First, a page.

This article was first published as a part of the cover story in the February 2018 issue of Digit magazine. To read Digit’s articles first, subscribe here. You could also buy Digit’s previous issues here.
For the uninitiated, social engineering is about exploiting the weakest link in the security chain – you. Social engineering attacks try and trick people into revealing crucial pieces of information, by using a variety of means including fake websites, cold calls and spoofed emails. If you want to get a sense of just how powerful social engineering can be, check out the exploits of Kane Gamble, a 15-year-old who managed to break into email accounts of the CIA and DNI chiefs.
Thanks to the ample number of data breaches last year, one can find out quite a bit about an individual by just, say, Google-ing their email ID. On the other hand, there are a lot more avenues to misplace your trust on. For instance, Messenger bots are becoming a thing, from mental counselling to ordering Pizza. A near identical bot could give you the same experience but also siphon off your data, including payment details, based on the primary permissions granted to it and could also be configured to get more information out of you with its responses.
A trust issue
A lot of us trust celebrities and famous people. If tomorrow you receive an email asking for donations for educating the girl child, and that email contains a video message from Malala Yousafzai that explains how the charity is authentic, you’d probably not doubt it. Projects revealed in 2017 have shown the immense potential of AI as a tool to create fake videos of known figures. There are ways to superimpose your expressions on a celebrity, ways to generate a video of the celebrity lip-syncing to specific dialogue and even highly realistic doctored videos that only have the face of the celebrity as a reference. It is relatively easy to create augmented reality masks that replace your face with that of a famous individual, in fact, Facebook and Snapchat themselves provide the tools that allow users to do so.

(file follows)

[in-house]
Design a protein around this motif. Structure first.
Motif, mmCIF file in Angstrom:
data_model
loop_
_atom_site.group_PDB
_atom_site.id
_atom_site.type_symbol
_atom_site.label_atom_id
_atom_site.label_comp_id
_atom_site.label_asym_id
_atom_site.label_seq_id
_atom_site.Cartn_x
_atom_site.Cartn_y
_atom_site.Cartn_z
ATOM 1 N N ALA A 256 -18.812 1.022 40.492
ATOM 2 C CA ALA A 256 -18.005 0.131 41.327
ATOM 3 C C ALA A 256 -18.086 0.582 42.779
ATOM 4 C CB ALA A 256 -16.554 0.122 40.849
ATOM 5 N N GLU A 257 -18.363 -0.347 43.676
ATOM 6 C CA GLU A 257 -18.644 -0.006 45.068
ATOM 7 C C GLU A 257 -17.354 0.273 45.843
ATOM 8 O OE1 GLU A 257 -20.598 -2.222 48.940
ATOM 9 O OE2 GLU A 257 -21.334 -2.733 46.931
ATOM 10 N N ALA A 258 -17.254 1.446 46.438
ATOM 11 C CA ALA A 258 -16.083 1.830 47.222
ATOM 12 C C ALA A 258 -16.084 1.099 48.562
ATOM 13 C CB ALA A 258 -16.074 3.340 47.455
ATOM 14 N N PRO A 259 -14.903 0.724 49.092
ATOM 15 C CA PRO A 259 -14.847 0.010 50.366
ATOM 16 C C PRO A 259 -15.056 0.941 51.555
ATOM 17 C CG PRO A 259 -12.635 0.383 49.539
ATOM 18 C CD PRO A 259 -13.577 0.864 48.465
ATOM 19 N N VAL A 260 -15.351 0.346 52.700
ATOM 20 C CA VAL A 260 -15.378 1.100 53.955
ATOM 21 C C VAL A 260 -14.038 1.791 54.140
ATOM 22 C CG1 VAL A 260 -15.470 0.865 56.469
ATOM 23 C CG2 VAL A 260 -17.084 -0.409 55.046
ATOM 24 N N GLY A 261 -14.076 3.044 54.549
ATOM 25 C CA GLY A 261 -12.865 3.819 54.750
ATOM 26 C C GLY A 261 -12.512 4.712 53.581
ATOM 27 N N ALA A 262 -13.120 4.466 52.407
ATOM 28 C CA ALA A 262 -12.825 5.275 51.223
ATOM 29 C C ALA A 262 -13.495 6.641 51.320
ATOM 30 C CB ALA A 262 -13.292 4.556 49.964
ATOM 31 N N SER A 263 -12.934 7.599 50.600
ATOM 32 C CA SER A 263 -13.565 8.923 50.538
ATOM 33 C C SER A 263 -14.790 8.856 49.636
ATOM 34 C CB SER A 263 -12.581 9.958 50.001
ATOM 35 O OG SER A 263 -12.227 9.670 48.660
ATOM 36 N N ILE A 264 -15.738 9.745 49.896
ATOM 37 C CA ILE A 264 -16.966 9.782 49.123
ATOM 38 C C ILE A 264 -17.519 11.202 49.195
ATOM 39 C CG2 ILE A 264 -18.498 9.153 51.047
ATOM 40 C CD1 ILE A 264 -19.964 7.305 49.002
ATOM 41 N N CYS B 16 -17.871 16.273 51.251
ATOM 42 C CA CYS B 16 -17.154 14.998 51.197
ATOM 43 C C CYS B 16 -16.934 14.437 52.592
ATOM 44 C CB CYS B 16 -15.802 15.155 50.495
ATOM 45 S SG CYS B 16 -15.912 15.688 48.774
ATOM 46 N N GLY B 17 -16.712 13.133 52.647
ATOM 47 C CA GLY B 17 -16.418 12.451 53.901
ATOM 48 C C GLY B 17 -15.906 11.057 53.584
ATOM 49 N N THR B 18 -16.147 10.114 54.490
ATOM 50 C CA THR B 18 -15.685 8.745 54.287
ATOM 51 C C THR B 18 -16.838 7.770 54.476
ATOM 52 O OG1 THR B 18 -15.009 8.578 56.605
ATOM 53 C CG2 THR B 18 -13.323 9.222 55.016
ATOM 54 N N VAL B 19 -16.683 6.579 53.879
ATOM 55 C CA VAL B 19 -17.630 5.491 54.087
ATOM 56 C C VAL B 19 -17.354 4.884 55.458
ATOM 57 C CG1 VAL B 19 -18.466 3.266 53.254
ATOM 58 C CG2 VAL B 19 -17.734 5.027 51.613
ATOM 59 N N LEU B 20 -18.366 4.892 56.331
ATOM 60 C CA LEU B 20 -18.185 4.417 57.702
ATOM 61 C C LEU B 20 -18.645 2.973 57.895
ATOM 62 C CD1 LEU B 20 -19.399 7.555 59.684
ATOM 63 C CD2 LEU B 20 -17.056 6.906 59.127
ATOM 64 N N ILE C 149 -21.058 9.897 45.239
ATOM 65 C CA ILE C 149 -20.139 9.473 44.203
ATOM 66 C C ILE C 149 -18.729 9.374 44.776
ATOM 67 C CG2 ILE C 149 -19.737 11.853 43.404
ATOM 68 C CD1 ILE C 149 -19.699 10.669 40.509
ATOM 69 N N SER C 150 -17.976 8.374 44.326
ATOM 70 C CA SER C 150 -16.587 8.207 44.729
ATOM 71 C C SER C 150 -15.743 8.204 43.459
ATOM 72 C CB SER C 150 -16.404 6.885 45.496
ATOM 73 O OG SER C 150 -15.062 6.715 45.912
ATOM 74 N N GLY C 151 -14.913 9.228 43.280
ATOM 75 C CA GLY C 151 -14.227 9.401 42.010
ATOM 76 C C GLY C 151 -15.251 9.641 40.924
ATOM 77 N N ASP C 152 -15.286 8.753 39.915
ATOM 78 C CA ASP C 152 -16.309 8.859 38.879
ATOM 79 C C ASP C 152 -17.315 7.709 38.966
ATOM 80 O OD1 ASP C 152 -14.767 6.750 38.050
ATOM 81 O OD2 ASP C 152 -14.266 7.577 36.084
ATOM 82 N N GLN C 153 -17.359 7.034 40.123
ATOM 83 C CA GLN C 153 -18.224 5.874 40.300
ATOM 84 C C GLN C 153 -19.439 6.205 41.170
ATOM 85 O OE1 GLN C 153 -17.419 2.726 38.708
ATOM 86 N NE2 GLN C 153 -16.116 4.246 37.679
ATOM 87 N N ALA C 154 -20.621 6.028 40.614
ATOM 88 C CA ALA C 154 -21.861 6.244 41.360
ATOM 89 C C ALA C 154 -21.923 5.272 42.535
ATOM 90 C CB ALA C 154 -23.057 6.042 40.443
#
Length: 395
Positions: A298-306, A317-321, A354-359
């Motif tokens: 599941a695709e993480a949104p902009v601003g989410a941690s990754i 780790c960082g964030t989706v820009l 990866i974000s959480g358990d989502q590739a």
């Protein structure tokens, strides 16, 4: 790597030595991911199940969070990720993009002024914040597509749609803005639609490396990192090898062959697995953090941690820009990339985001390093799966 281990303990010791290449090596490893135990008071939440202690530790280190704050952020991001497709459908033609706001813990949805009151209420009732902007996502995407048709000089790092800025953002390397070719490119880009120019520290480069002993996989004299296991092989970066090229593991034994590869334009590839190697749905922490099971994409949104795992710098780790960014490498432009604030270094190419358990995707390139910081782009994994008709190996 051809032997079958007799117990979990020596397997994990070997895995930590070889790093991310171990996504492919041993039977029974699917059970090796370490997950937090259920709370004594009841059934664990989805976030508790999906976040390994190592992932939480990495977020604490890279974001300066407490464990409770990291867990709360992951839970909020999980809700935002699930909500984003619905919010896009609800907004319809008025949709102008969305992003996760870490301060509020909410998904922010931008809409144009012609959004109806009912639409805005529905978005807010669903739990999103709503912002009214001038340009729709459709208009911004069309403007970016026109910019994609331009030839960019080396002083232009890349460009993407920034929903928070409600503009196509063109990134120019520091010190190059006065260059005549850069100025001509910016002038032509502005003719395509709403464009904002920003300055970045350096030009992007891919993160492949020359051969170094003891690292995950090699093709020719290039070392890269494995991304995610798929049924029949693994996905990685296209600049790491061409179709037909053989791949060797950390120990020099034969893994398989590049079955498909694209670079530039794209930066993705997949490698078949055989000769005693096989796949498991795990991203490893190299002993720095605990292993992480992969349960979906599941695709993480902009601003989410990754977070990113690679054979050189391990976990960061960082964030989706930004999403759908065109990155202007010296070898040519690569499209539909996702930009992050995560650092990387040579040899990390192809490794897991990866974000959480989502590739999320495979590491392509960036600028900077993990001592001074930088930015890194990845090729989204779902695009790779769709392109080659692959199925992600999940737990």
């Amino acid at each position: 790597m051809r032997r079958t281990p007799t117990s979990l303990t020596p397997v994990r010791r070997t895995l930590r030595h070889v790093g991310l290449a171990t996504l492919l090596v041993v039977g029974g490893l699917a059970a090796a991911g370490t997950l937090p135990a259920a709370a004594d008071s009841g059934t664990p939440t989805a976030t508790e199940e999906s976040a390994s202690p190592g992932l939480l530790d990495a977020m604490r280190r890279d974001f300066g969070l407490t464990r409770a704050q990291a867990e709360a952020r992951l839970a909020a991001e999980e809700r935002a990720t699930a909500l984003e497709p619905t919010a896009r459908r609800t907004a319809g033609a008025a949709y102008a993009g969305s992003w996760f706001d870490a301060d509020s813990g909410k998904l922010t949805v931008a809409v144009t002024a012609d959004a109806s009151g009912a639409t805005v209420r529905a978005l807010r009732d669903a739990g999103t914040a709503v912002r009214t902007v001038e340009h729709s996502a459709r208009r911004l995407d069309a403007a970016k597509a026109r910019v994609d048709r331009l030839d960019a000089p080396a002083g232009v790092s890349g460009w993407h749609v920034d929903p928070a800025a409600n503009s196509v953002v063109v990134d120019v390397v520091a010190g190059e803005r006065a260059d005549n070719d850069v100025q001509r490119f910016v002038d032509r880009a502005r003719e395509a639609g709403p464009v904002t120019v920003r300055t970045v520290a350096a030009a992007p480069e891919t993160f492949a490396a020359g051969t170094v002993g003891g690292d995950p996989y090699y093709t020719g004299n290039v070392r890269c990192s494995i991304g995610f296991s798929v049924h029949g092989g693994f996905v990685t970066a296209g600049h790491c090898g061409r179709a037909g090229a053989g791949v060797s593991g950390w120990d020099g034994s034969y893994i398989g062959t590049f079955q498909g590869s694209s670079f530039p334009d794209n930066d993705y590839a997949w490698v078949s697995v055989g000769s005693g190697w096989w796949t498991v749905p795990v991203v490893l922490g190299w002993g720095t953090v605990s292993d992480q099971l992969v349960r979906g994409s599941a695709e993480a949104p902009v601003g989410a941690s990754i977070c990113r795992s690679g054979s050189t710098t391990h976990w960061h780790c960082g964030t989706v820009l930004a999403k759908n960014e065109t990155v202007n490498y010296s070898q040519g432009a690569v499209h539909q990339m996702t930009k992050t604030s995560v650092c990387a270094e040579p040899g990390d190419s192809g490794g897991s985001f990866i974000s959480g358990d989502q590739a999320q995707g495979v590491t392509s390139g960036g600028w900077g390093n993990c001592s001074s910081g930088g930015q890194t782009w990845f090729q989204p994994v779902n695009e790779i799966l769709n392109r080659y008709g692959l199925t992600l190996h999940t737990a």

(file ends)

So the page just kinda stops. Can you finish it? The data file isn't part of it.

Expect to see social engineering-as-a-service, where people can avail all of the above methods as and when required from external agencies. Additionally, as governments around the world move to unified identification systems, mostly with poor security implementations, expect to see a lot more of your demographic data online. This data could be anything from your address to your contact numbers and more. Here, even though you’re not directly revealing anything, your data will, in turn, eventually be used for social engineering techniques. Such techniques could either rely on getting you to reveal something or using your personal information to directly break into your accounts.
The best way to counter social engineering is to think before you click. While there could be a super efficient antivirus in place, or you could be running a Mac, but if you’re gullible enough to click that suspicious link, it won’t matter if you’re on a PC or a Mac. Before clicking any link on a critical system, or entering any data on a suspicious link, check the credentials, security certificates and also the actual domain of the organisation by a simple web search. In fact, if you’re part of an organisation, it might be a good idea to carry out periodic social engineering scams internally through authorised channels just to keep people aware and alert.